- Ask Vince anything on MAN v FAT Talk (@vincemillett)
- Age: 53
- Height – 5’10” (177 cm)
- Runs Broken Drum Records
- Heaviest weight: 17 stones 3 lbs (109.3kg)
- Target weight: 11 stones 7 lbs (73kg)
Many years ago I was on holiday with friends in Jordan and we were walking up a mountain in Petra, the famous city carved in the rocks and we got chatting with this little Bedouin girl who can’t have been more than twelve. Completely out of nowhere she turns round to me and says, “You are fat: if you eat less and exercise more then you won’t be fat.” All my mates fell about and pissed themselves laughing and mocked me for years afterwards about it. What I find annoying now is that of course she was absolutely right.
MVF: How come you ended up at 17 stones 3lb? What caused you to gain the weight?
VM: The thing for me has always been sweet stuff. I have never been able to eat a biscuit: I will eat a packet. I won’t eat a packet: I will eat three. I have just learned that’s the weakness for me. I wasn’t a fat kid, I was a skinny kid. I probably first noticed a bit round the middle like most people do when I got into my twenties. There was one point about 17 years ago when I took off three stone and I did that the hard way with a mate where we both starved ourselves and went mad in the gym. For both of us it just slowly slid back on because I hadn’t changed my lifestyle.
Things finally changed for me in the middle of July 2012. I was at work and we always have piles of biscuits and chocolate and snacks around the place. A couple of my colleagues said, “We’re going to try and give up snacks.” On a whim I said, “Yeah, ok I’ll join you.” They lasted a day. For some reason, I kept going and by the time I was a few days in I thought actually this is quite easy. One of those same colleagues pointed me at MyFitnessPal.com which takes the approach of you logging what you eat. So I started doing that and the weight just seemed to come off quite quickly. I was suprised by how easy I found it. I think it was because I was eating normal food – not “diet” food or anything like that.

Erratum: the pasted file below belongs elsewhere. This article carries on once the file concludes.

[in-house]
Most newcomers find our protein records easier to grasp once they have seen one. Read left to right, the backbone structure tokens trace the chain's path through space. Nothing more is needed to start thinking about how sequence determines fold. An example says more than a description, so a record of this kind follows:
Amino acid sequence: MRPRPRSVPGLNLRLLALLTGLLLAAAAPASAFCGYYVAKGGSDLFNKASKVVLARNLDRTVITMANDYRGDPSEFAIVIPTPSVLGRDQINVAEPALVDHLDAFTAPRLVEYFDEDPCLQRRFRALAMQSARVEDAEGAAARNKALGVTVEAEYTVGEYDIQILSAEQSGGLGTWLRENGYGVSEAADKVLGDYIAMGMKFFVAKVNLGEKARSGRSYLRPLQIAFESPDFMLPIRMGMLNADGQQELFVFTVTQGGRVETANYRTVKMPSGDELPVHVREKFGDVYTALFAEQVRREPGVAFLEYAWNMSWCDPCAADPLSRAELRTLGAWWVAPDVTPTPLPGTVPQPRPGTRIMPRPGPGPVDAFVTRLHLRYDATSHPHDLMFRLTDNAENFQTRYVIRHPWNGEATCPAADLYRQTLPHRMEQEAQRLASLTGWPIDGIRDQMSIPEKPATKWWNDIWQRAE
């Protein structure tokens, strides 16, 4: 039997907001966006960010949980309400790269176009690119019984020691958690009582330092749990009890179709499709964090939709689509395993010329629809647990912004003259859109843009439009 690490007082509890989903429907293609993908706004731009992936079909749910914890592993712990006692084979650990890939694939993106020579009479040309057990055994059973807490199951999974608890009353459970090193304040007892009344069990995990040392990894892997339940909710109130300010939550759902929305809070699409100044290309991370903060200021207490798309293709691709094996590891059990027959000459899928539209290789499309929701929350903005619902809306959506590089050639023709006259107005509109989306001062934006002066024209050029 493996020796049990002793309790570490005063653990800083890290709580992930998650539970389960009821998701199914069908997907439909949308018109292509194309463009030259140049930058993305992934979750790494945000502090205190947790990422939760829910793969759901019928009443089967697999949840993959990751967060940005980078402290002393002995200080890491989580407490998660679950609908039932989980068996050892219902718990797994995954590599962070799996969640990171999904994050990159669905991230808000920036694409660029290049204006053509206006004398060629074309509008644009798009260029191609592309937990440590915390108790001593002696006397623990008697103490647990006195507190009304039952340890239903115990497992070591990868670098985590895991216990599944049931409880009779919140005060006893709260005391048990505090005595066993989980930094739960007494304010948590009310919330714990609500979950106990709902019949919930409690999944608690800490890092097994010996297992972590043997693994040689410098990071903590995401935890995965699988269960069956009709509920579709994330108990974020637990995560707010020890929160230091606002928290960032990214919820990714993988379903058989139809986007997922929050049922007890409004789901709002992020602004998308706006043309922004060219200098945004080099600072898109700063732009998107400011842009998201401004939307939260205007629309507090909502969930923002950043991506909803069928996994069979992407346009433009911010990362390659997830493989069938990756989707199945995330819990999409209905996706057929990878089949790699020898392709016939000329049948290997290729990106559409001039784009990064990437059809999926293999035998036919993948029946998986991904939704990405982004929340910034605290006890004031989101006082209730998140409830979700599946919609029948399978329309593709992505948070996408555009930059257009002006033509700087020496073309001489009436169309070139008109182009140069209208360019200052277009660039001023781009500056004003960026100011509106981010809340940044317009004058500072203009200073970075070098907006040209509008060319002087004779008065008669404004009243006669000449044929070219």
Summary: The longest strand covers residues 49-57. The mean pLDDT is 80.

MVF: So did you find your approach to food changed much after you began to lose weight?
VM: Because of the food diary approach, I was eating normal stuff. I was eating breakfast, lunch, an evening meal. When you do MyFitnessPal they take into account exercise that you do and their system is designed that if you burn 300 calories then you can eat 300 calories more. So it motivates you to do a walk instead of getting a bus, do something active so you can eat more. It slowly trains you into changing the way you live. It’s not forcing you to eat food you hate.“You are fat: if you eat less and exercise more then you won’t be fat.”
One of the interesting things in my case was that when I started logging my food, I could see that a lot of the damage was done by snacks, biscuits, cakes. Very often on the way to work, or after lunch, or in the evening after my dinner I was snacking. Once I’d cut those out I started looking at my actual food and I realised that most of what I was eating was actually quite healthy.
MVF: What other lessons did you learn about your intake?